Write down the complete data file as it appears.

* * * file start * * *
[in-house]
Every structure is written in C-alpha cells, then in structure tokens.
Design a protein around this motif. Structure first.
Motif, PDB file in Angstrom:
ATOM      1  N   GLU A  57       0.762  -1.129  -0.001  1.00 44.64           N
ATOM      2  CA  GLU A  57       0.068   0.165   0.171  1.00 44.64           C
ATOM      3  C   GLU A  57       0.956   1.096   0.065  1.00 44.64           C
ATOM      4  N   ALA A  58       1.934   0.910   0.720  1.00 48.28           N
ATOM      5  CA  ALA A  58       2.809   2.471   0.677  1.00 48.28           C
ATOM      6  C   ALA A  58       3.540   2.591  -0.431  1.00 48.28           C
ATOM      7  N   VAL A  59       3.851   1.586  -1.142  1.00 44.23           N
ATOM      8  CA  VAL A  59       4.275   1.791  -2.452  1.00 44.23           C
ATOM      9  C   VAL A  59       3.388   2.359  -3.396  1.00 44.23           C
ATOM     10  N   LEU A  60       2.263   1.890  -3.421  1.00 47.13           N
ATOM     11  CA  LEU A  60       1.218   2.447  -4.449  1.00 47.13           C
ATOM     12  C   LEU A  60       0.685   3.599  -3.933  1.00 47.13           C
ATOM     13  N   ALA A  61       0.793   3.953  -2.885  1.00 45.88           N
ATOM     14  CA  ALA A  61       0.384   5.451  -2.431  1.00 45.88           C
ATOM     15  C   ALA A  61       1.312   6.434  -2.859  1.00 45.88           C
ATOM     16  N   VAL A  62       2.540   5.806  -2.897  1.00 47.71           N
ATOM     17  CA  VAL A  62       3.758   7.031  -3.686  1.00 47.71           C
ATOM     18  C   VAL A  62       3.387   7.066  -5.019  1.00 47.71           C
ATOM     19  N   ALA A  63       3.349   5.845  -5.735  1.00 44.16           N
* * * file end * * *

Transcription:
[in-house]
Every structure is written in C-alpha cells, then in structure tokens.
Design a protein around this motif. Structure first.
Motif, PDB file in Angstrom:
ATOM      1  N   GLU A  57       0.762  -1.129  -0.001  1.00 44.64           N
ATOM      2  CA  GLU A  57       0.068   0.165   0.171  1.00 44.64           C
ATOM      3  C   GLU A  57       0.956   1.096   0.065  1.00 44.64           C
ATOM      4  N   ALA A  58       1.934   0.910   0.720  1.00 48.28           N
ATOM      5  CA  ALA A  58       2.809   2.471   0.677  1.00 48.28           C
ATOM      6  C   ALA A  58       3.540   2.591  -0.431  1.00 48.28           C
ATOM      7  N   VAL A  59       3.851   1.586  -1.142  1.00 44.23           N
ATOM      8  CA  VAL A  59       4.275   1.791  -2.452  1.00 44.23           C
ATOM      9  C   VAL A  59       3.388   2.359  -3.396  1.00 44.23           C
ATOM     10  N   LEU A  60       2.263   1.890  -3.421  1.00 47.13           N
ATOM     11  CA  LEU A  60       1.218   2.447  -4.449  1.00 47.13           C
ATOM     12  C   LEU A  60       0.685   3.599  -3.933  1.00 47.13           C
ATOM     13  N   ALA A  61       0.793   3.953  -2.885  1.00 45.88           N
ATOM     14  CA  ALA A  61       0.384   5.451  -2.431  1.00 45.88           C
ATOM     15  C   ALA A  61       1.312   6.434  -2.859  1.00 45.88           C
ATOM     16  N   VAL A  62       2.540   5.806  -2.897  1.00 47.71           N
ATOM     17  CA  VAL A  62       3.758   7.031  -3.686  1.00 47.71           C
ATOM     18  C   VAL A  62       3.387   7.066  -5.019  1.00 47.71           C
ATOM     19  N   ALA A  63       3.349   5.845  -5.735  1.00 44.16           N